2. This algebra is the analog of Kac-Moody algebra with finite-dimensional Lie group replaced with the infinite-dimensional group of symplectic transformations (see this). This should give an idea about how gigantic a symmetry is in question. This is as it should be since these symmetries act as the largest possible symmetry group for the Kähler geometry of the world of classical worlds (WCW) consisting of light-like 3-surfaces in 8-D imbedding space for given values of zero modes (labelling the spaces in the union of infinite-dimensional symmetric spaces). This implies that for the given values of zero modes all points of WCW are metrically equivalent: a generalization of the perfect cosmological principle making theory calculable and guaranteing that WCW metric exists mathematically. Super-canonical generators correspond to gamma matrices of WCW and have the quantum numbers of right handed neutrino (no electro-weak interactions). Note that a geometrization of fermionic statistics is achieved.

  3. The Hamiltonians and super-Hamiltonians have only color and angular momentum quantum numbers and no electro-weak quantum numbers so that electro-weak interactions are absent. Super-canonical quanta however interact strongly.

3. Also hadrons contain super-canonical quanta

One can say that TGD based model for hadron is at space-time level kind of combination of QCD and old fashioned string model forgotten when QCD came in fashion and then transformed to the highly unsuccessful but equally fashionable theory of everything.

  1. At quantum level the energy corresponding to string tension explaining about 70 per cent of proton mass corresponds to super-canonical quanta (see this). Supercanonical quanta allow to understand hadron masses with a precision better than 1 per cent.

  2. Super-canonical degrees of freedom allow also to solve spin puzzle of the proton: the average quark spin would be zero since same net angular momentum of hadron can be obtained by coupling quarks of opposite spin with angular momentum eigen states with different projection to the direction of quantization axis.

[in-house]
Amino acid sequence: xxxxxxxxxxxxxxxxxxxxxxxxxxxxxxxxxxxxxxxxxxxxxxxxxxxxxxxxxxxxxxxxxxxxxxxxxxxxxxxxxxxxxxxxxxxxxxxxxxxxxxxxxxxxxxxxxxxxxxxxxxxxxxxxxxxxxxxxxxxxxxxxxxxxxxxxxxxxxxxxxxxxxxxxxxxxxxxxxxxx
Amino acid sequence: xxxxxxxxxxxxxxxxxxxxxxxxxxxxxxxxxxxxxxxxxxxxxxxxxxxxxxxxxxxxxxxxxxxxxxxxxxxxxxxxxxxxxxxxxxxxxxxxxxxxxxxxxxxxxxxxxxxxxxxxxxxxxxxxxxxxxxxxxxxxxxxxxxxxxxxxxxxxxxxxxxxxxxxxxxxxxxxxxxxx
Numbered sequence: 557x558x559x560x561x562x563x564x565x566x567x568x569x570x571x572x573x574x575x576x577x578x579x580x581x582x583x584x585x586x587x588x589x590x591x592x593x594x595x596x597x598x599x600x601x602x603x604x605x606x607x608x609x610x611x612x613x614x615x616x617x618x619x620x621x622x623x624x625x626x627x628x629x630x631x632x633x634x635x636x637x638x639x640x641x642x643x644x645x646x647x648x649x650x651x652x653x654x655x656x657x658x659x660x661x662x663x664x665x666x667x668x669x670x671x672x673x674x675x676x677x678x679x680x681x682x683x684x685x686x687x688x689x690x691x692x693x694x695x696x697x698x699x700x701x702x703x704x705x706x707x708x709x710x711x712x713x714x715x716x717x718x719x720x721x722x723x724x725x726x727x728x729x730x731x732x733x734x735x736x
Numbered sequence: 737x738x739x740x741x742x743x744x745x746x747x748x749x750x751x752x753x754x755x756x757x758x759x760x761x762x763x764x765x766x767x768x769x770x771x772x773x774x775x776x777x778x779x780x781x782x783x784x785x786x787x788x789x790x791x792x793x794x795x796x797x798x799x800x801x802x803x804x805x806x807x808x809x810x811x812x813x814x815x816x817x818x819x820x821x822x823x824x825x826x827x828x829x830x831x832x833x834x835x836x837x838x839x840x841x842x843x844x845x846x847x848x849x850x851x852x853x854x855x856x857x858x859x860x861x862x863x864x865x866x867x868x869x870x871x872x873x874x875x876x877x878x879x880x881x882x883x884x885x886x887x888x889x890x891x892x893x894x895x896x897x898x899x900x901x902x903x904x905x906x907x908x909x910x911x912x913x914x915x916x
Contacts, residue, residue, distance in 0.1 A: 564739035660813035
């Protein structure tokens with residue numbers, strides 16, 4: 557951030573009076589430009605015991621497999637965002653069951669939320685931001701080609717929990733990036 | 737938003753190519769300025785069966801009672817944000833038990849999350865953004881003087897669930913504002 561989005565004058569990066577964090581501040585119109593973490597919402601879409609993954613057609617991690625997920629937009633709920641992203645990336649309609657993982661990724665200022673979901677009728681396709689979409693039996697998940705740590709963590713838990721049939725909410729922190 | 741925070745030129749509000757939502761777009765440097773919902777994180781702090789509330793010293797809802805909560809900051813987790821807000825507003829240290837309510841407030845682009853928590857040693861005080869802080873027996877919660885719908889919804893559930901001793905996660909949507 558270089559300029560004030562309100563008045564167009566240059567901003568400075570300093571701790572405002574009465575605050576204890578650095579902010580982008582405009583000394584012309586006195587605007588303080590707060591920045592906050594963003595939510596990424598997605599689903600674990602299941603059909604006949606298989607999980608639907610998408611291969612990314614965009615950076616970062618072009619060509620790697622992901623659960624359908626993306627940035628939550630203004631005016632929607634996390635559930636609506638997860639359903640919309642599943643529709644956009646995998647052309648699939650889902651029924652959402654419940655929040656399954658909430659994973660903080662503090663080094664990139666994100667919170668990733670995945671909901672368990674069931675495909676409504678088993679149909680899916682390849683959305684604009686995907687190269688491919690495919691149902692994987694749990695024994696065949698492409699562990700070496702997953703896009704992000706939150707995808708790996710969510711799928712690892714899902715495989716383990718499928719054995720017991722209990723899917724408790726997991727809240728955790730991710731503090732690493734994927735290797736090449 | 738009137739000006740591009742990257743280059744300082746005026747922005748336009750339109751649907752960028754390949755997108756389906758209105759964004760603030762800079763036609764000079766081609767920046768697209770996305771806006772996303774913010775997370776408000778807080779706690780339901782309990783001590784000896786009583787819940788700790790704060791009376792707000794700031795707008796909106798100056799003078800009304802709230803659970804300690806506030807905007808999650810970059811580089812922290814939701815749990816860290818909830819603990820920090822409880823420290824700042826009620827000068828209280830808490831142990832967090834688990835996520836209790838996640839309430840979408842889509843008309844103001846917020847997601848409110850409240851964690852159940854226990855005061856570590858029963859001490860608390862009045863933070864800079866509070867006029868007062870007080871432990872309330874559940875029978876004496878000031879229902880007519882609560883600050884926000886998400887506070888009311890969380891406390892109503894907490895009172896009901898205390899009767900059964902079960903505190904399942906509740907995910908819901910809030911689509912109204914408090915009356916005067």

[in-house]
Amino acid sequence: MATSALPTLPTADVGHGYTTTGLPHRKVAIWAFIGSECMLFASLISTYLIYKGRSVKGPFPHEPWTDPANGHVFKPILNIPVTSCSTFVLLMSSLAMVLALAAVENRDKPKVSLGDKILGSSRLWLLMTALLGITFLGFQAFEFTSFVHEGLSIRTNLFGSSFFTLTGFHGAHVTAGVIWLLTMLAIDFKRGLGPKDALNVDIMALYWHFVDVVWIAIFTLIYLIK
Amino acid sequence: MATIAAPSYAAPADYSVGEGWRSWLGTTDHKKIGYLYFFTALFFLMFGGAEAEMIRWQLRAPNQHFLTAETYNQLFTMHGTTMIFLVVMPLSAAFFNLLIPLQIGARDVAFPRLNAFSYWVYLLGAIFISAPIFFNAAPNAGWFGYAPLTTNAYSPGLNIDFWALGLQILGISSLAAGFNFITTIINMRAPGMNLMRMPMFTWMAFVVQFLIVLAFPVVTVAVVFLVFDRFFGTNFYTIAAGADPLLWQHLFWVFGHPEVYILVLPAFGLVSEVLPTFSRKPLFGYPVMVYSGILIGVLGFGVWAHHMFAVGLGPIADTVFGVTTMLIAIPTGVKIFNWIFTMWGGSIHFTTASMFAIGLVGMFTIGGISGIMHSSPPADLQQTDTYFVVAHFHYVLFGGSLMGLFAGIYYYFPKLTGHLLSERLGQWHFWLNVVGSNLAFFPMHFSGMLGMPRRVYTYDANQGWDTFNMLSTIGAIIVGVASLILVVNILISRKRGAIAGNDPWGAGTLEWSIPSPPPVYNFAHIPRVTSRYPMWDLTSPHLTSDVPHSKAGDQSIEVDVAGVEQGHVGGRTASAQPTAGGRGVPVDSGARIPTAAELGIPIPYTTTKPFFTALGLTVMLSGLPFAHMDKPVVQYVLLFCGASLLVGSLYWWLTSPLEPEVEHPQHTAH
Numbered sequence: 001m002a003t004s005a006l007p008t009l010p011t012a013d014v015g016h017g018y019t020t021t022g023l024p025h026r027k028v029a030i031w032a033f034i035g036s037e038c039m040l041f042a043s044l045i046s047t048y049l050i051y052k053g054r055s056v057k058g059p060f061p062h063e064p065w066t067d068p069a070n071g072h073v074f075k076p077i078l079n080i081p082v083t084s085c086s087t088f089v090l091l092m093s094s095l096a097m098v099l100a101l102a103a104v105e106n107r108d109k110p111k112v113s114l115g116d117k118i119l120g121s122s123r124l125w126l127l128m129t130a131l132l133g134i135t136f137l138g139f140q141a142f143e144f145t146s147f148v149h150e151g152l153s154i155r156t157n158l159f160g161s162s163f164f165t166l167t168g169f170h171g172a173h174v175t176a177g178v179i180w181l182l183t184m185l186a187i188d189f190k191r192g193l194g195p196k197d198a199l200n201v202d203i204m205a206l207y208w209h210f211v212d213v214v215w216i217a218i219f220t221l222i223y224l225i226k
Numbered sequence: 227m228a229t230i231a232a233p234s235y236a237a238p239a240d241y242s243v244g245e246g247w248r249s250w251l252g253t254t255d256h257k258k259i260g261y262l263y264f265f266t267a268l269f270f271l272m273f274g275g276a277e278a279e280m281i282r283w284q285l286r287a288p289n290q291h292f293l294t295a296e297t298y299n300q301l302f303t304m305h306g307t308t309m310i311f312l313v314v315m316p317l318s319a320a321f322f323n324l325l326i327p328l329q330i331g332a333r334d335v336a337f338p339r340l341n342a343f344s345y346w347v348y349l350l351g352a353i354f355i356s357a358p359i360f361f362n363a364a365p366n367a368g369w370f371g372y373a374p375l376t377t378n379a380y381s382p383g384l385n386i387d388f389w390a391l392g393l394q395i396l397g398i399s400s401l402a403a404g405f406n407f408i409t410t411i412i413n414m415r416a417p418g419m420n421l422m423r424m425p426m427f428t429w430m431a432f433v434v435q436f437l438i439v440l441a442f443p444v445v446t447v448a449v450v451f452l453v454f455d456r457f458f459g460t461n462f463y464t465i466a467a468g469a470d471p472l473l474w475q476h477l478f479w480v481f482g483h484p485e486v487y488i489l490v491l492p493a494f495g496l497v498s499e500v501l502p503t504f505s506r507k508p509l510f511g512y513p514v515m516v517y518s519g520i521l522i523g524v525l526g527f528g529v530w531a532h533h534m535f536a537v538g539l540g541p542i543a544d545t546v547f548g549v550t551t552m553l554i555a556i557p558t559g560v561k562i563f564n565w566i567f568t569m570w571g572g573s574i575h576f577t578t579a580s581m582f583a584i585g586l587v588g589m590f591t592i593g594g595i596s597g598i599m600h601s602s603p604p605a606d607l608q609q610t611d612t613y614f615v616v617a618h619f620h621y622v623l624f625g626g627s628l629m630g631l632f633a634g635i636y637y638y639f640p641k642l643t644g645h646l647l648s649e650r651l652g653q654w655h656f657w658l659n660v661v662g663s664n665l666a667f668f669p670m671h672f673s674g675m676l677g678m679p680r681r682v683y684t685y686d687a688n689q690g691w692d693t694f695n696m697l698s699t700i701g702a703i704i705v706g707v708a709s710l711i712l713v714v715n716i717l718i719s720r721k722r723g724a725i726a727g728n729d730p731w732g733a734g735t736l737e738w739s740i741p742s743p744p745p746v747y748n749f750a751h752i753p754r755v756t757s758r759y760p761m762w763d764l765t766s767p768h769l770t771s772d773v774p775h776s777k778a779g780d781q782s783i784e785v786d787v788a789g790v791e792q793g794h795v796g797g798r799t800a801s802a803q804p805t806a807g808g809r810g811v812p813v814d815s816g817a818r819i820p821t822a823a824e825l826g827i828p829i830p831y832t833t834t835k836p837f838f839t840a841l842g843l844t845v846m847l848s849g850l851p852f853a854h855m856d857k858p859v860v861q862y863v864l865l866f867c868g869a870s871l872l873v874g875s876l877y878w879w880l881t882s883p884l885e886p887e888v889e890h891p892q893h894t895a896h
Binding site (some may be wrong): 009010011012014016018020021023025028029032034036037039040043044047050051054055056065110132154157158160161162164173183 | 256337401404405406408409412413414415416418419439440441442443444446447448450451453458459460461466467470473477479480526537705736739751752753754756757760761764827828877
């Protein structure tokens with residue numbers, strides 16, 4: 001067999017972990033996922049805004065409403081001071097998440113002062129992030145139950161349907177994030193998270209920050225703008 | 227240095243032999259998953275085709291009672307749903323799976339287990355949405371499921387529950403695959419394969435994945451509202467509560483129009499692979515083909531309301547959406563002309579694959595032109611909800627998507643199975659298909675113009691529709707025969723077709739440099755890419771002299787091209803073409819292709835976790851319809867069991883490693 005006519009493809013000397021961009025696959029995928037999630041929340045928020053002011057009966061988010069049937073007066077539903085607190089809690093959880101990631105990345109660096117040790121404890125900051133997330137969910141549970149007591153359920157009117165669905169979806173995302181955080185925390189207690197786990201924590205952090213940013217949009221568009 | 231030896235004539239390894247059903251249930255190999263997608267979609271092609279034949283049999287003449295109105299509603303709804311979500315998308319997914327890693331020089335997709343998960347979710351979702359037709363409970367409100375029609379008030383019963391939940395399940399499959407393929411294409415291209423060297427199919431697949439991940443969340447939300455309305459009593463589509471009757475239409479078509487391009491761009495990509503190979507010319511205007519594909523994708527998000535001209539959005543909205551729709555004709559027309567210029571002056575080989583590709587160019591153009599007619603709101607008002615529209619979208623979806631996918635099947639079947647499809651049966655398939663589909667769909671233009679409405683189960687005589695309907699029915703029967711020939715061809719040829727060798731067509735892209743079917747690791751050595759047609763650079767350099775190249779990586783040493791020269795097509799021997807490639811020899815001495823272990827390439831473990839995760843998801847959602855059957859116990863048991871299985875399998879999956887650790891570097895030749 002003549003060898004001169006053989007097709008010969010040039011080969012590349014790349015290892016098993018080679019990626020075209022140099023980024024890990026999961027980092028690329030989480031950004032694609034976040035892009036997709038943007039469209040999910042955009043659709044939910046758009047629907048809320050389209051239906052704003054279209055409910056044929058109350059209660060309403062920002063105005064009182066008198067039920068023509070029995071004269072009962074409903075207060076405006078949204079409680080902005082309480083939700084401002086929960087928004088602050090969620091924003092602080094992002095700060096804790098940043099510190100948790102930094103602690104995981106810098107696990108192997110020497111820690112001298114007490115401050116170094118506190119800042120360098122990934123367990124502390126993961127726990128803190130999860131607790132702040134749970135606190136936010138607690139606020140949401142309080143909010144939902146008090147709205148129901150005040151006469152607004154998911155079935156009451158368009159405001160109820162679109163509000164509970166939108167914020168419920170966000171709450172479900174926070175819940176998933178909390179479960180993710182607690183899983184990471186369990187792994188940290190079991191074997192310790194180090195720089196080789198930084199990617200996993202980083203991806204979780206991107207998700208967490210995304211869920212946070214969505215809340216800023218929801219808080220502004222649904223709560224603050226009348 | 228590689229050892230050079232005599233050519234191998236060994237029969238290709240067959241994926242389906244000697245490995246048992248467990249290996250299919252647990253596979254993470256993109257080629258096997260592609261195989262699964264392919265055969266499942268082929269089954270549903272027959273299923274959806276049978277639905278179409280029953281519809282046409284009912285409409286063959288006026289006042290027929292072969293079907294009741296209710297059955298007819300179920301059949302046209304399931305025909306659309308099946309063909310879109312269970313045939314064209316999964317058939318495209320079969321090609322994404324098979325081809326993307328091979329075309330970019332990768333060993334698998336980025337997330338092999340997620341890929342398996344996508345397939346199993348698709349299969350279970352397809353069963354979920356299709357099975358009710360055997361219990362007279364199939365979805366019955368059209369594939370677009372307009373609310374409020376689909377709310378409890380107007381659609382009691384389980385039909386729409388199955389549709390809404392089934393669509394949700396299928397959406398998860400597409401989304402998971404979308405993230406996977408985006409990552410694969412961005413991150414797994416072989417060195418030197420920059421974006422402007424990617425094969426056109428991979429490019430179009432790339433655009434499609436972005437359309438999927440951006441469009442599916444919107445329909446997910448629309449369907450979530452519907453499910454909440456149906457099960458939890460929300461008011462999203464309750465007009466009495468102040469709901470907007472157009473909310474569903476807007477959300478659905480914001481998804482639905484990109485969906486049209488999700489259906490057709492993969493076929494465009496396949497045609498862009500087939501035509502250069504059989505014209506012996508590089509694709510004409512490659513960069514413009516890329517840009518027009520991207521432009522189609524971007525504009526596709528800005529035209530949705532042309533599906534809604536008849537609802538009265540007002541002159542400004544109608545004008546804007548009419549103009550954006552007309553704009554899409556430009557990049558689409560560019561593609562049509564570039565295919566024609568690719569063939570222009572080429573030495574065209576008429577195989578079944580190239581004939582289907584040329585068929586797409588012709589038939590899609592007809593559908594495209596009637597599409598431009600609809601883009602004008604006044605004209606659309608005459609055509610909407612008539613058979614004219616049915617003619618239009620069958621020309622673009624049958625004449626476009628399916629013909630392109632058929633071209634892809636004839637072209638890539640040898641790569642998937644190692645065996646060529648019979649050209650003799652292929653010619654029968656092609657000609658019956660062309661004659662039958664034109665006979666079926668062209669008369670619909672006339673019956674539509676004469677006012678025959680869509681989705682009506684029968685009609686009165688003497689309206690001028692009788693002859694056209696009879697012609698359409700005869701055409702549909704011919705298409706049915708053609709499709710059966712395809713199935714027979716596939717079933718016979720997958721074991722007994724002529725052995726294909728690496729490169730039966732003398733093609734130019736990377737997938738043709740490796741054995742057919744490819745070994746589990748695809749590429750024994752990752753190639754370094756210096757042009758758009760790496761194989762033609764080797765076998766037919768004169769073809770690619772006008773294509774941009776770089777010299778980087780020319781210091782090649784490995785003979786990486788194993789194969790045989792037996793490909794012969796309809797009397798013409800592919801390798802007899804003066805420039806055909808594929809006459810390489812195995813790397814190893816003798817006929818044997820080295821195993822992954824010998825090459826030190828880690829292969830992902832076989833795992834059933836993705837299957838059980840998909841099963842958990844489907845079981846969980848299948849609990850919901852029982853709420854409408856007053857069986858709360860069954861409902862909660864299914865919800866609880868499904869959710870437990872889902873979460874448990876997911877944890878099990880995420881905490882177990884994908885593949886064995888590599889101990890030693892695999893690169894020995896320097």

3. If one considers proton without valence quarks and gluons, one obtains a boson with mass very nearly equal to that of proton (for proton super-canonical binding energy compensates quark masses with high precision). These kind of pseudo protons might be created in high energy collisions when the space-time sheets carrying valence quarks and super-canonical space-time sheet separate from each other. Super-canonical quanta might be produced in accelerators in this manner and there is actually experimental support for this from Hera (see this).

  4. The exotic particles could correspond to some p-adic copy of hadron physics predicted by TGD and have very large mass smaller however than the energy. Mersenne primes Mn= 2n-1 define excellent candidates for these copies. Ordinary hadrons correspond to M107. The protons of M31 hadron physics would have the mass of proton scaled up by a factor 2(107-31)/2=238≈ 2.6×1011. Energy should be above 2.6 × 1011 GeV and is above .54 × 1011 GeV for the particles above the GKZ limit. Even super-canonical quanta associated with proton of this kind could be in question. Note that CP2 mass corresponds roughly to about 1014 proton masses.

  5. Ideal blackholes would be very long highly tangled string like objects, scaled up hadrons, containing only super-canonical quanta. Hence it would not be surprising if they would emit super-canonical quanta. The transformation of supernovas to neutron stars and possibly blackholes would involve the fusion of hadronic strings to longer strings and eventual annihilation and evaporation of the ordinary matter so that only super-canonical matter would remain eventually. A wide variety of intermediate states with different values of string tension would be possible and the ultimate blackhole would correspond to highly tangled cosmic string. Dark matter would be in question in the sense that Planck constant could be very large.


CarlBrannen said...

Matti, you might get some ideas from this interesting paper on high energy cosmic rays. It has some information that might fit in with some particles outside the standard model.

Matti Pitkänen said...

Thank you Carl.